Why is that argument or viewpoint a controversial assertion? Is that because it was made by Chinese scholars?

Why in academic fields like the Conversation should people bash China and Chinese scholars?


A dual Euro currency is likely to work to save the Euro in the long run

Comments on Michael Pettis "Breaking up (the euro) is hard to do", 21/07/2012, http://www.businessspectator.com.au/bs.nsf/Article/European-debt-crisis-market-reaction-policymakers--pd20120718-WB9E7?OpenDocument&src=sph&src=rot
I personally believe in neither the conviction of a single currency Europe nor the complete break up of the Euro - something in the between is likely to emerge sometime in the next couple of years and to last.
Some problematic and weak Euro members may exit the Euro, but the majority may stay.
It is possible that instead of a single euro currency in the euro zone there might be 2 currencies, that is, a dual currency system to provide some flexibility.
At the same time, they may establish some mechanism that allows a common euro bond, but allow limited internal risk sharing and fiscal transfer, but each country will still be responsible for their own actions.


Role of expectations and market forces in causing economic "imbalances"

Comments on James Laurenceson “Four vital things Australian commentators don’t understand about China’s economy” 17/07/2012 https://theconversation.edu.au/four-vital-things-australian-commentators-dont-understand-about-chinas-economy-8262
While all the factors that James mentioned matter, also important is the way people's expectations change over time that influence both culture and history.
I am surprised that it wasn't mentioned that adaptive expectations could also explain many of what have been the imbalance issues with the Chinese economy.
When a developing economy changes very rapidly with considerable uncertainties, many consumers, particularly historically poor ones that are the cases with developing economies, are adaptive to the rapid change in the economy and the rise in income, so their expectations are somewhat influenced by their past low income and won't spend as much as people in rich and economically relative stable developed countries.
Another factor is the role of surplus labor has played in depressing the real wages, at least until now. While many economists, including some in China, take the market as sacred on the one hand, they leave the market force aside in analysing the imbalance in the Chinese economy. They say it was the Chinese government policy that was pro investment and pro exports.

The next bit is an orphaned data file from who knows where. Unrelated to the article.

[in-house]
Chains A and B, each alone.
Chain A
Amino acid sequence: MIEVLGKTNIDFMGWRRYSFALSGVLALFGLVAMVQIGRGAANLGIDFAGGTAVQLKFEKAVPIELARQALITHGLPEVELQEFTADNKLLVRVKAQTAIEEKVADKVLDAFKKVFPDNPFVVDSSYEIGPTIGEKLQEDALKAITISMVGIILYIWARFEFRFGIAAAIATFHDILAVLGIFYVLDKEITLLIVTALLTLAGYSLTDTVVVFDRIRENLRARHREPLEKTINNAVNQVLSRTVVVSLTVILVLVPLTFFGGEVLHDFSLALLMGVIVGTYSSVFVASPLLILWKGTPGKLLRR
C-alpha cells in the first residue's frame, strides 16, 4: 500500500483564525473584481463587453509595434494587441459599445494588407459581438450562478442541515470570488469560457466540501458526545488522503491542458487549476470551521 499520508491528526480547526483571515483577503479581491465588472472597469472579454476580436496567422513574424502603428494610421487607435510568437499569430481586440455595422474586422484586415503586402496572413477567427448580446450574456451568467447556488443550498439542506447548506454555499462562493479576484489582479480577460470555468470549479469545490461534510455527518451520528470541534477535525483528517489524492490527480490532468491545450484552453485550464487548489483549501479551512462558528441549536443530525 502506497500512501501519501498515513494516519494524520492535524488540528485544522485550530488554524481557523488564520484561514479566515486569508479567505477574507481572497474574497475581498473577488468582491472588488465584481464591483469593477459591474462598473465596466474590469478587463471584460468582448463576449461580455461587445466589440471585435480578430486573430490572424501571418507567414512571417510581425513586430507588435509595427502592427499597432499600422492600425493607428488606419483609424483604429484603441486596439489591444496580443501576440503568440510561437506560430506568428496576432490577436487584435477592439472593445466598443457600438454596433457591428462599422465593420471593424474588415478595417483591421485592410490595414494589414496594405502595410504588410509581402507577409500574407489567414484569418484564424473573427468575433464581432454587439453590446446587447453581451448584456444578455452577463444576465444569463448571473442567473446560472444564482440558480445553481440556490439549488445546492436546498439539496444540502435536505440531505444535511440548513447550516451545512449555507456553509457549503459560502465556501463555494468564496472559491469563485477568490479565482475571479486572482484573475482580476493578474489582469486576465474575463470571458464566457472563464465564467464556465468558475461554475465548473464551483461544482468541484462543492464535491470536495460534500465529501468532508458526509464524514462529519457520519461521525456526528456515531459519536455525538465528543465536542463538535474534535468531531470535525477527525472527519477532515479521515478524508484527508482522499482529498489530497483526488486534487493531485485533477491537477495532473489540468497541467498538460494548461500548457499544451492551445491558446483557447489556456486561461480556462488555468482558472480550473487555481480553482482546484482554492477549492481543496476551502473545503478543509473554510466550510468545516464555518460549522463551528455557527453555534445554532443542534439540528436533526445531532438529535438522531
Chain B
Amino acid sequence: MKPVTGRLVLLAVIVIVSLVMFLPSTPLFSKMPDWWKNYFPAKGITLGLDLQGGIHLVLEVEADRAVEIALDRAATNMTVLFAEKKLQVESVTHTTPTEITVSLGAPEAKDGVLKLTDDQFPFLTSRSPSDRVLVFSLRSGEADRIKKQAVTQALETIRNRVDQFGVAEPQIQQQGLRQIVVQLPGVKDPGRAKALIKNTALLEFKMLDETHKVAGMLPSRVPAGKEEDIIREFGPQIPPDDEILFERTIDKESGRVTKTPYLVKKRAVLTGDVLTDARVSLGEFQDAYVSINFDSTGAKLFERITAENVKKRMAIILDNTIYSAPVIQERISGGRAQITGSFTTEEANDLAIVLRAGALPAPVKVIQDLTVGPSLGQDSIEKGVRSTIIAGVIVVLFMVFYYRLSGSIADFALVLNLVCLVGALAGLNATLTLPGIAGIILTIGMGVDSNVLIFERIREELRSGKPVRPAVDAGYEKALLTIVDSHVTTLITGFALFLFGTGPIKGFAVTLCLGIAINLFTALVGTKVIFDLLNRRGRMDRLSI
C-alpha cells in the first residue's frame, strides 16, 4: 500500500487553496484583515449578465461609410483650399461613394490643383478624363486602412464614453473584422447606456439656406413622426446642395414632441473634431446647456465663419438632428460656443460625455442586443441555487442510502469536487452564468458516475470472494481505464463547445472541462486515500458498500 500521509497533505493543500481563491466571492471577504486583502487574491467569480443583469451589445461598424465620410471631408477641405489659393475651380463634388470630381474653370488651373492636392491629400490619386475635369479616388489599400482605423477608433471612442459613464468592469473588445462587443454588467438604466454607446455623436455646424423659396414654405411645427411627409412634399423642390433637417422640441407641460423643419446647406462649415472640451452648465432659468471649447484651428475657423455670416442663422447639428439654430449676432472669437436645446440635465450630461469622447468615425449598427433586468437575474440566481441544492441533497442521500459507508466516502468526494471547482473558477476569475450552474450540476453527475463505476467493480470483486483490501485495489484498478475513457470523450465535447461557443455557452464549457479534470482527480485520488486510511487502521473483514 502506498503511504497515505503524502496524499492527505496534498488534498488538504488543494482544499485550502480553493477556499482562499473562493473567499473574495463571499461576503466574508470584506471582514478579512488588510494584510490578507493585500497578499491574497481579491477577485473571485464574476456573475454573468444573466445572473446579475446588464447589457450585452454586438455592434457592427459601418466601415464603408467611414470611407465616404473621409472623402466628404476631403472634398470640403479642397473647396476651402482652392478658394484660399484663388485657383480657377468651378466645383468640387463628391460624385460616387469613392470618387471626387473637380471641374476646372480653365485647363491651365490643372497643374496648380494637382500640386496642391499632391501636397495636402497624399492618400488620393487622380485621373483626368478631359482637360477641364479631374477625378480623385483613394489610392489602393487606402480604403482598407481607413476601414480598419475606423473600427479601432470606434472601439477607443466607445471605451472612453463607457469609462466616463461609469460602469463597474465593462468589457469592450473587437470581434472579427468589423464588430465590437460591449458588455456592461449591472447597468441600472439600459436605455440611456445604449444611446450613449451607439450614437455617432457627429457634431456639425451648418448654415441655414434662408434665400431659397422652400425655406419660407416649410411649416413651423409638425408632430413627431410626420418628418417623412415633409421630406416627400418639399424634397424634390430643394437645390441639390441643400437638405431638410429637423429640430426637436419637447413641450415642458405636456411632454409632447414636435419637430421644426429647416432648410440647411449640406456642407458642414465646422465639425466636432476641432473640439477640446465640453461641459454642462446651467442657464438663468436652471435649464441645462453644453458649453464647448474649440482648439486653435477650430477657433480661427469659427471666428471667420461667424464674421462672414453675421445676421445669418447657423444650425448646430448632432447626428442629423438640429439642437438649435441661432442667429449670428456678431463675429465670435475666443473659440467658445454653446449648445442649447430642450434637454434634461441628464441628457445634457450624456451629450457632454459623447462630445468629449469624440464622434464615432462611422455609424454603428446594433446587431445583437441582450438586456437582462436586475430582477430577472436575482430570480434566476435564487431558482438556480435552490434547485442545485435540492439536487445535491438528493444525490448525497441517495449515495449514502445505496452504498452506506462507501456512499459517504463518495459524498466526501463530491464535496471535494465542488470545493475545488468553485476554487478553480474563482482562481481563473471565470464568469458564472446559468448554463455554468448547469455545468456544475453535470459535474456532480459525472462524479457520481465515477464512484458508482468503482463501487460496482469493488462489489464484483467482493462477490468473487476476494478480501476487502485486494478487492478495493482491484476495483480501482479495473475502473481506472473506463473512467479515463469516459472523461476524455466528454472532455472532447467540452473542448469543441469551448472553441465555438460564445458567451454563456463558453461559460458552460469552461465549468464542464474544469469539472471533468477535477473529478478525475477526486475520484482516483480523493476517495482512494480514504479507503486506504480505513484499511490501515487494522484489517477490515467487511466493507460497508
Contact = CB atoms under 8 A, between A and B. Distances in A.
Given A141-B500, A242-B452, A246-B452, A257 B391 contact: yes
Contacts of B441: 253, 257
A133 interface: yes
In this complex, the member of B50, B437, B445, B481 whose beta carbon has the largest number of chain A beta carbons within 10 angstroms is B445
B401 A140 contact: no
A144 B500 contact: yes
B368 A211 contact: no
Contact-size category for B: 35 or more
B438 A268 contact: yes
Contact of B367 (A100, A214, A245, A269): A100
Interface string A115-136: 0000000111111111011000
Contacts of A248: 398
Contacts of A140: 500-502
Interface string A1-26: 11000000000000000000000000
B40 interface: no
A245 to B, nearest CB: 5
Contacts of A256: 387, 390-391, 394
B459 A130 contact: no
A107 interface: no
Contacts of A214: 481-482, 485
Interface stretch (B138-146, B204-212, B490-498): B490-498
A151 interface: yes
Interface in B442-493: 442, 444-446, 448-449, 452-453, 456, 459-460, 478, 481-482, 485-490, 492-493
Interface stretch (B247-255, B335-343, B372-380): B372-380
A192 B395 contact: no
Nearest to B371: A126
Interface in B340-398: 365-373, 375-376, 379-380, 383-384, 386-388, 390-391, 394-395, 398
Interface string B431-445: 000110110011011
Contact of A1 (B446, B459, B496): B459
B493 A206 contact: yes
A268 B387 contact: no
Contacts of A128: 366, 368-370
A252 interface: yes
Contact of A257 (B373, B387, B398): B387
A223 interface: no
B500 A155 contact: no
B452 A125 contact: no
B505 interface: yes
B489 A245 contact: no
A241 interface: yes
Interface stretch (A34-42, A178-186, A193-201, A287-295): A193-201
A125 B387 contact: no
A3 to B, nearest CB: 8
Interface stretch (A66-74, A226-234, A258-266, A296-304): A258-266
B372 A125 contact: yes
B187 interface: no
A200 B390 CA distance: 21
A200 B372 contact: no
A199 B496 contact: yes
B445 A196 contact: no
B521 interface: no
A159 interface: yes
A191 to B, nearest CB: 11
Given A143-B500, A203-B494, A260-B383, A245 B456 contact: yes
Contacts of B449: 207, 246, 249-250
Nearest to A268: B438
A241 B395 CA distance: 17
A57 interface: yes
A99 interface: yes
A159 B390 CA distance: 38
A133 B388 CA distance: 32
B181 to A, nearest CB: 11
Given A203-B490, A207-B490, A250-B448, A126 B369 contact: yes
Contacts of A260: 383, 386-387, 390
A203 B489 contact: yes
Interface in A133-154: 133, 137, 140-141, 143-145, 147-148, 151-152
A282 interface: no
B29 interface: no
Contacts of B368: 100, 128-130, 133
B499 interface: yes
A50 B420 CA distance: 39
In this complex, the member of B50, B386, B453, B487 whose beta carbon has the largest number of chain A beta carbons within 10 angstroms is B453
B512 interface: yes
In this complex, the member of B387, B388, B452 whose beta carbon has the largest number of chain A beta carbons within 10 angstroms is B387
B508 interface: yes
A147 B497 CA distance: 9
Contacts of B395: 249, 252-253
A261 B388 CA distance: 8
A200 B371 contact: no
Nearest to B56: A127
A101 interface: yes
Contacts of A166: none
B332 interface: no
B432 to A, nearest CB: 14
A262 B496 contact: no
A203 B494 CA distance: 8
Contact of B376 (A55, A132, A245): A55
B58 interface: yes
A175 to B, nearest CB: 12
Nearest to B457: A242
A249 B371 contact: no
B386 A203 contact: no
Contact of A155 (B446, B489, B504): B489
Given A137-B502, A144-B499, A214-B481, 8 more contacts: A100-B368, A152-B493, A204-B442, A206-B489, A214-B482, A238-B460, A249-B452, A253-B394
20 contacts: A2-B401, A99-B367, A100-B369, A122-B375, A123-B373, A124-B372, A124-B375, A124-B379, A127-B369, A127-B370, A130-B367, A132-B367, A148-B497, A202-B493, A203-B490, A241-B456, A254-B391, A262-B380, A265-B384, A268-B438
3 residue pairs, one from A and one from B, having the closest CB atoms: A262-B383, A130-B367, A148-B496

How cynical and illogical can they be?
People need to use their creativity in research, not simply and wholly rely on existing theories or what conventional line of views.


No cause for pessimism for the Australian economy

Comments on Henry Ergas “Policies standing in the way of management can do great damage”, 16/07/2012, http://www.theaustralian.com.au/news/opinion/policies-standing-in-the-way-of-management-can-do-great-damage/story-fn7078da-1226426636726
Ergas has made an important contribution to the current debates on the multi-speed economy associated with the mining boom and on productivity.
The latter first. I have made a comment on the shortcomings of the viewpoint by Gruen et al that poor manager performance was the main reasons for the latest productivity slow down, by referring the charts consisting of one cross section international data with a time seires of Australia's productivity. That mix is problematic, because it says little how the international comparison has changed over time. Further, it is doubtful that international productivity would have performed better in recent years over the pre-GFC period.
For Henry's viewpoint on the Dutch Disease in the Australian economy, although it is correct to say that adjustments are inevitable when mining booms as a result of increases in international demand for mineral and a consequential rise of the Australian dollar, the view that no policies can offset or lessen the adverse impact of the mining boom on other trade exposed sectors is likely to be false.
For one thing, his mining tax design was one of policies that could just do that if the policy was designed and implemented properly.
Further, monetary policies could be designed in such a way that lowers both the demand of Australia for international capitals and the Australian dollar.
A fine combination of fiscal and monetary policies together would make the adjustments much less painful than they have been.


Dutch Disease can be managed to minimise ill effects

Comments on Ken Henry "
Ken Henry: why Australia’snon-mining sector will continue to struggle", 12/07/2012,  https://theconversation.edu.au/ken-henry-why-australias-non-mining-sector-will-continue-to-struggle-8224 

This is where many economists and government officials have been lacking in creativity and in bringing a whole practical package together to deal with challenges, although the current challenges from mining boom is a good one.